Follow by Email

Search This Blog

Saturday, May 16, 2009

blessed are the feet of them that bring good news

a.k.a. don't shoot the messenger

i did some evangelizing today. what began as a seemingly innocent discussion of the local economy with my daughter's significant other today transmogrified into a session on my soapbox.

we live in a small (50 - 55 thousand souls) northern city that has seen a lot of boom and bust cycles. it's in an area that's rich in oil and gas, surrounded by forest that's among the best in the world for pulp and paper production, as well as lumber, first settled by farmers who discovered it's a pocket of rich agricultural land a zone or 2 warmer than other places this far north. during the depression that followed the 2nd world war, this area was not as hard hit by drought, economic downturn and food shortages as were other parts of North America. partly because the climate is moderated by our location between mountains and prairie, with lots of lakes and rivers, partly because the economy has always been so diversified, and partly because the inhabitants were self sufficient pioneer stock who knew how to keep things solvent with very little in the line of cash.

i'm not convinced there are many here today who could manage as well. it seems to be all about money now. so when the gentleman in question, who is head of a fairly large communications company here, asked me if i thought the local/regional economy was in trouble, he probably expected me to agree with his view that things are going down the toilet, and that would be that. he didn't expect a dissertation on how the wealth of the community was being sucked out by the big oil and lumber companies, and the big box stores. he didn't expect to be told that a community's wealth isn't measured in dollars and cents. he didn't expect (or enjoy) being told that the premise that exponential financial growth is the only marker of a business's success, was dangerously flawed. they live in a big house that they bought new about 5 years ago, in a trendy new neighborhood. they drive new vehicles, and trade up frequently. take lots of holidays to the tropics. he didn't like being asked "why? how much do you need?" when he said he wanted to make more money, have a bigger house.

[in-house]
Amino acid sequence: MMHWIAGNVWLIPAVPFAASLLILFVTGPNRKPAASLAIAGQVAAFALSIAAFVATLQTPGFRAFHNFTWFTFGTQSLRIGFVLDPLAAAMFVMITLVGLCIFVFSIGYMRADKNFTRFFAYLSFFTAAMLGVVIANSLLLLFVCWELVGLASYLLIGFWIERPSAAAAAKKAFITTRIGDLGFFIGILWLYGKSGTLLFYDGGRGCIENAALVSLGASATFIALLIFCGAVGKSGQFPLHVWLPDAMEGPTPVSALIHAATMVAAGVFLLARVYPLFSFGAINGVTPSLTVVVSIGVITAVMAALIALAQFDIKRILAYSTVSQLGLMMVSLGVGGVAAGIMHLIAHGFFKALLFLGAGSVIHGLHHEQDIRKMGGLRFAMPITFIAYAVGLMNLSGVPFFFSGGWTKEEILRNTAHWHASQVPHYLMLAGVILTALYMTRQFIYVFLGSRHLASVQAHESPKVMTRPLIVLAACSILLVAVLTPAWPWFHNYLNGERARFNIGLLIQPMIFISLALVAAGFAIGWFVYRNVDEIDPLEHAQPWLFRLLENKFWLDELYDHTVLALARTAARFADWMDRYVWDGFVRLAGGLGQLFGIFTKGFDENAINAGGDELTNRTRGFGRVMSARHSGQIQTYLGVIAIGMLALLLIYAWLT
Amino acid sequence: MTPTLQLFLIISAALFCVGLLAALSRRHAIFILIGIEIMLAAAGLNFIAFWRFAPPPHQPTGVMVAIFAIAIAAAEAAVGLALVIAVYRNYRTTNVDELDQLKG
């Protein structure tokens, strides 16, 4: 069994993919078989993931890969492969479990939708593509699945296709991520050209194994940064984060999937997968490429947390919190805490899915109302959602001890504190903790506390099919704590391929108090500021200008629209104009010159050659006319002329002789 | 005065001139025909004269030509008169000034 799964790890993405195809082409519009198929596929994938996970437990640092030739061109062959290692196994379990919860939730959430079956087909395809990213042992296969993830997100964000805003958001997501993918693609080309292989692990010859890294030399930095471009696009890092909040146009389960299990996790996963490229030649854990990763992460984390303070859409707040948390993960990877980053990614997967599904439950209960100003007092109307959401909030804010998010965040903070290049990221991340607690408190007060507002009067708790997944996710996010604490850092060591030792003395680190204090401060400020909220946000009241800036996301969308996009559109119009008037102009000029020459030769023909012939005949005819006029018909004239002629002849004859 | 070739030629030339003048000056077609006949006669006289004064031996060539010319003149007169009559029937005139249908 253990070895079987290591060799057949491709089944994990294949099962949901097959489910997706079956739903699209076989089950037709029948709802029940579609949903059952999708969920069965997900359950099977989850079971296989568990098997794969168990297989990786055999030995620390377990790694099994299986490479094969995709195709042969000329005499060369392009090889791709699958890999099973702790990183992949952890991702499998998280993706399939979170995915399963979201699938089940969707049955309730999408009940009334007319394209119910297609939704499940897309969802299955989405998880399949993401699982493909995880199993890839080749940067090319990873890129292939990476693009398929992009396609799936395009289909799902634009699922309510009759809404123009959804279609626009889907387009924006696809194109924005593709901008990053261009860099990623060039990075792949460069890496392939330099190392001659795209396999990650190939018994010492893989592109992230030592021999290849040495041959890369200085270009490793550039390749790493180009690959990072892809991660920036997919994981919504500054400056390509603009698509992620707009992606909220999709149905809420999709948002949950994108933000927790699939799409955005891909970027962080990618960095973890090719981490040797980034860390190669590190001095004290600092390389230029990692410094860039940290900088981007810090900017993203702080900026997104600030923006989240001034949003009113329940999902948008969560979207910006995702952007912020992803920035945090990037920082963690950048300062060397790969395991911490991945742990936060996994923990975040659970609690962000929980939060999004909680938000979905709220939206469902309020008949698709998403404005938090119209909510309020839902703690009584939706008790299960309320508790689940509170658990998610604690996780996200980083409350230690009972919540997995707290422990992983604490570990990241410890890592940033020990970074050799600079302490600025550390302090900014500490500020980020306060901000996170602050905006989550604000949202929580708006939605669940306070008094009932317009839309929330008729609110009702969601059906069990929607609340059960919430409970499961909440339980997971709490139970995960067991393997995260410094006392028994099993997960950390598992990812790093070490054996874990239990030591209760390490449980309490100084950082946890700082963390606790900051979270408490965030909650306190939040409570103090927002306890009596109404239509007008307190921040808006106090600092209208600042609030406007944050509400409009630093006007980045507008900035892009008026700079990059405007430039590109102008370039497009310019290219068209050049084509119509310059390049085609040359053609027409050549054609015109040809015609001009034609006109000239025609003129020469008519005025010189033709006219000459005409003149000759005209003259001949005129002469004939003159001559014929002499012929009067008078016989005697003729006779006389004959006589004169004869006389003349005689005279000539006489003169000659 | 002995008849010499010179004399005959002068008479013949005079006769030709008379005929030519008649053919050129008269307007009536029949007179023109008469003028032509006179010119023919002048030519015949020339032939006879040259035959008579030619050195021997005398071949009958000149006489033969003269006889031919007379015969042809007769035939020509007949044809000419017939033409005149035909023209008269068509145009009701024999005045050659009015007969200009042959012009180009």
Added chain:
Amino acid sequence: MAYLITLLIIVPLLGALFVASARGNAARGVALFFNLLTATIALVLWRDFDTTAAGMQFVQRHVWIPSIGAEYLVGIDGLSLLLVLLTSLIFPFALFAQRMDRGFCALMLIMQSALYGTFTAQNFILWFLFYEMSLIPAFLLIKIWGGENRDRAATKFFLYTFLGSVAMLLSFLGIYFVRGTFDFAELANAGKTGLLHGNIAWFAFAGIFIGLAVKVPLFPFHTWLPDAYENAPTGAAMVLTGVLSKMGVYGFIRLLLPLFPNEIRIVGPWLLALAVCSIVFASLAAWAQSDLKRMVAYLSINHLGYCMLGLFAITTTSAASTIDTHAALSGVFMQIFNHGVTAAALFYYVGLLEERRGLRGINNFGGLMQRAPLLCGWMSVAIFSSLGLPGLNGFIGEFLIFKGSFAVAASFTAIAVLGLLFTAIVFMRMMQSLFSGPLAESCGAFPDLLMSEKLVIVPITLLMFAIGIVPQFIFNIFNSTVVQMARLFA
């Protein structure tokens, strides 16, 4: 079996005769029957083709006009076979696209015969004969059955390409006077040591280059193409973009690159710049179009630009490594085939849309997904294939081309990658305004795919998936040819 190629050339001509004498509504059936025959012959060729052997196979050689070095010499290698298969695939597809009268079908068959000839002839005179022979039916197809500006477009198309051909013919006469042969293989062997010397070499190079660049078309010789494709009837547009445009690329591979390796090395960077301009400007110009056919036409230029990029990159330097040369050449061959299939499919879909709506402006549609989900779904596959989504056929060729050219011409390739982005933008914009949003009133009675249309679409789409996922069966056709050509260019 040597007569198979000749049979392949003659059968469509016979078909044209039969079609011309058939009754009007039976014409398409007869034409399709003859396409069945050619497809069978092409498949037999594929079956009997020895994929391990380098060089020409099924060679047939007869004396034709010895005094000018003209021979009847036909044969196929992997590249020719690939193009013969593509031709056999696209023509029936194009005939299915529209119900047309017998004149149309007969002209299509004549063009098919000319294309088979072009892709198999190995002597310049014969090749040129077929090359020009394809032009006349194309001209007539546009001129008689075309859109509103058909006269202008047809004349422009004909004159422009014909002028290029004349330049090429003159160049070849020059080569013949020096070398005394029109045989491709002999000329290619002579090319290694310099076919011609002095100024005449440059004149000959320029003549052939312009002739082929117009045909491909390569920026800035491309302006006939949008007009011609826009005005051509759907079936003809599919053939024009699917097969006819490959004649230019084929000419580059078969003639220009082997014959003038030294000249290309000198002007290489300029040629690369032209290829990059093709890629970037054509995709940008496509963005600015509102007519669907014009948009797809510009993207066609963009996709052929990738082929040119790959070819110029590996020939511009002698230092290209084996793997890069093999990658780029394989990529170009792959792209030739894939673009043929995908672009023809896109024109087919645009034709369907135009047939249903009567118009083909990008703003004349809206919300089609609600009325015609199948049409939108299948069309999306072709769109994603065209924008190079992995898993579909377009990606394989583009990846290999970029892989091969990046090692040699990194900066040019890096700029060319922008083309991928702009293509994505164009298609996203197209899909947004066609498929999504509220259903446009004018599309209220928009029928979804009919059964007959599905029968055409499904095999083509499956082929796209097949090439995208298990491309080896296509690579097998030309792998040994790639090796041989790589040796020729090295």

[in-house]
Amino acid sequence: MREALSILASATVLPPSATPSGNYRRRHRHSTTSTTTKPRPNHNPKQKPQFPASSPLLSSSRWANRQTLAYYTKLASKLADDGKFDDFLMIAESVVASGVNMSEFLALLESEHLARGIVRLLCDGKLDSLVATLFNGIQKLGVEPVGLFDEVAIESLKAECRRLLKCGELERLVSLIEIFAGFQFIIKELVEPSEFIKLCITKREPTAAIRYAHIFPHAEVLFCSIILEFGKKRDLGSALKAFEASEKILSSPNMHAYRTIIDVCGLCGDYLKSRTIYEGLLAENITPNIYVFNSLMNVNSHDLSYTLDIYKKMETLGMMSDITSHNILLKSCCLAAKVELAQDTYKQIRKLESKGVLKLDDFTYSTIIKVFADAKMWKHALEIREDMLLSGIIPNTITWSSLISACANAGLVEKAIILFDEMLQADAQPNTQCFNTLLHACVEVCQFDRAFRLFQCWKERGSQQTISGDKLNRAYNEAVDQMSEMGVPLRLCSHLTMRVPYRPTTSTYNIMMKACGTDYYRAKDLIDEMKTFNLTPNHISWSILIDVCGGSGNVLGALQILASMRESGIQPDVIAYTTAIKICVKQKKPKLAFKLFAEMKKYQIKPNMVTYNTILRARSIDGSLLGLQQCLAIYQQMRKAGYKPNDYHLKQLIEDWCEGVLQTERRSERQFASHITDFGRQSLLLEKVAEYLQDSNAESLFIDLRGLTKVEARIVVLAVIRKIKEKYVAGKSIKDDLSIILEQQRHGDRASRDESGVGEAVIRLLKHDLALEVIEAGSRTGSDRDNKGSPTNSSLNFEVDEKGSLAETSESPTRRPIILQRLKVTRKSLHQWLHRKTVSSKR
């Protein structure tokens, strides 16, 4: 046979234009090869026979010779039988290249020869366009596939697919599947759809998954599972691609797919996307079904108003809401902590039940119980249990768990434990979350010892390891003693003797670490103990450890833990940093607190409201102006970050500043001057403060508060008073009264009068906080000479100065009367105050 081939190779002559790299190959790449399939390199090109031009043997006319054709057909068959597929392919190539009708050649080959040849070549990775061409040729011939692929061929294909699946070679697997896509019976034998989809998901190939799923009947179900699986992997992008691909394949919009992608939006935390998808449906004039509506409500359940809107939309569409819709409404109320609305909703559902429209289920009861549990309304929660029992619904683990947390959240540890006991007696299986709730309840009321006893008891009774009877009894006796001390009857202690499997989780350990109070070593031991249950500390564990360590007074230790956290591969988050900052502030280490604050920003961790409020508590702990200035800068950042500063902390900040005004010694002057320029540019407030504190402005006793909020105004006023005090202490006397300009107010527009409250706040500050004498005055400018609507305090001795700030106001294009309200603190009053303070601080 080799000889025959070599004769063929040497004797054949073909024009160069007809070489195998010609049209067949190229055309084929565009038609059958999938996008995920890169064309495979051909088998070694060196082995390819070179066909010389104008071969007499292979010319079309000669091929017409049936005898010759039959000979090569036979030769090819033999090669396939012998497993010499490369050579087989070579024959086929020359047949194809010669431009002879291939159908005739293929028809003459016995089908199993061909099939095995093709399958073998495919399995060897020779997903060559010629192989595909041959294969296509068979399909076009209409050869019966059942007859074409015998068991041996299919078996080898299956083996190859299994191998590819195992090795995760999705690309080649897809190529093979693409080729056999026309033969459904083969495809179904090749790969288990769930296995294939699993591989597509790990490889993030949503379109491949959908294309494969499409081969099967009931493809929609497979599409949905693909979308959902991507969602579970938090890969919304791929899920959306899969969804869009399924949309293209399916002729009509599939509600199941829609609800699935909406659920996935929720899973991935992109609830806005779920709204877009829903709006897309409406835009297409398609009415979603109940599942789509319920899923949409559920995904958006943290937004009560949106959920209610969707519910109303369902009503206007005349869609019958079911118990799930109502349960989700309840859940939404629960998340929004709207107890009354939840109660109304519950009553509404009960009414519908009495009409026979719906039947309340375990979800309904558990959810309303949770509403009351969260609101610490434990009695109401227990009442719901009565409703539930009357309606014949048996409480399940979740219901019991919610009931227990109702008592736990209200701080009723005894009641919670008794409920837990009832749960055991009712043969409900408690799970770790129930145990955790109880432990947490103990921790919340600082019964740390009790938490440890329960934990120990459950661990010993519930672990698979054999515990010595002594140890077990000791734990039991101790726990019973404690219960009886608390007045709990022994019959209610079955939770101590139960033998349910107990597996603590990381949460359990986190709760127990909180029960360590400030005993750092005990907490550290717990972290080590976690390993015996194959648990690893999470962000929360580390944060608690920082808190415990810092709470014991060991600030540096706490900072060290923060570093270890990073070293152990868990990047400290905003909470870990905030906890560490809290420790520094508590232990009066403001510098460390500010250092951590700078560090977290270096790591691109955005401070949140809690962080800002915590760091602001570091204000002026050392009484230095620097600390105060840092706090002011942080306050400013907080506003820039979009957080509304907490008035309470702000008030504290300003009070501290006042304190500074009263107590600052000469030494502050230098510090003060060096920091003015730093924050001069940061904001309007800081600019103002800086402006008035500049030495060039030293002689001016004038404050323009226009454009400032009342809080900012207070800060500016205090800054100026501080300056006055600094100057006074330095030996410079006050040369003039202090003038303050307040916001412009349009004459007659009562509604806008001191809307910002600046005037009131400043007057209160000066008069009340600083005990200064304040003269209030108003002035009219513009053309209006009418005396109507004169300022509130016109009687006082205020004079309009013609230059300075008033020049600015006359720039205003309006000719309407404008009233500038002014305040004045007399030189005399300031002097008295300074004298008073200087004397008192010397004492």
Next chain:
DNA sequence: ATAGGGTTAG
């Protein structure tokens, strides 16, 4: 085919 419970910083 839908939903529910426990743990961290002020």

none of this was particularly heated, it was all very civilized and polite. he's a kind man, who is very good to my daughter, granddaughter, and the rest of the family. he's a good neighbor. he recycles, pays all his bills promptly, and is considered by his employees to be an excellent boss. he's putty in the hands of a child, has pets who are treated like they're his own beloved children. he cooks! he cleans! a really sweet guy. just very materialistic, with no social conscience beyond his own doorstep.

i think there's a crack in the polished veneer, though. he's applied for a senior position in the fire department. says he thinks he might want to do something more 'worthwhile and satisfying'.

but i'm not putting the soap box away.


Seraphine said...

well, as long as he recycles.
and i've always been a believer that if you work hard, you deserve the rewards that come from work.
and if you want a big house or a trip to the tropics, that's your choice.
i'm also believe one shouldn't become stupid with money. nor obsessed over it.
i believe one shouldn't become a burden upon others.
and people should use less.
and everyone should recycle.

susan said...

There are a few good things about the bust side of boom times and among them are seeing how quickly people learn how to cope with a novel (for them) situation. Your soap box routine didn't sound like such a rant to me under the current circumstances.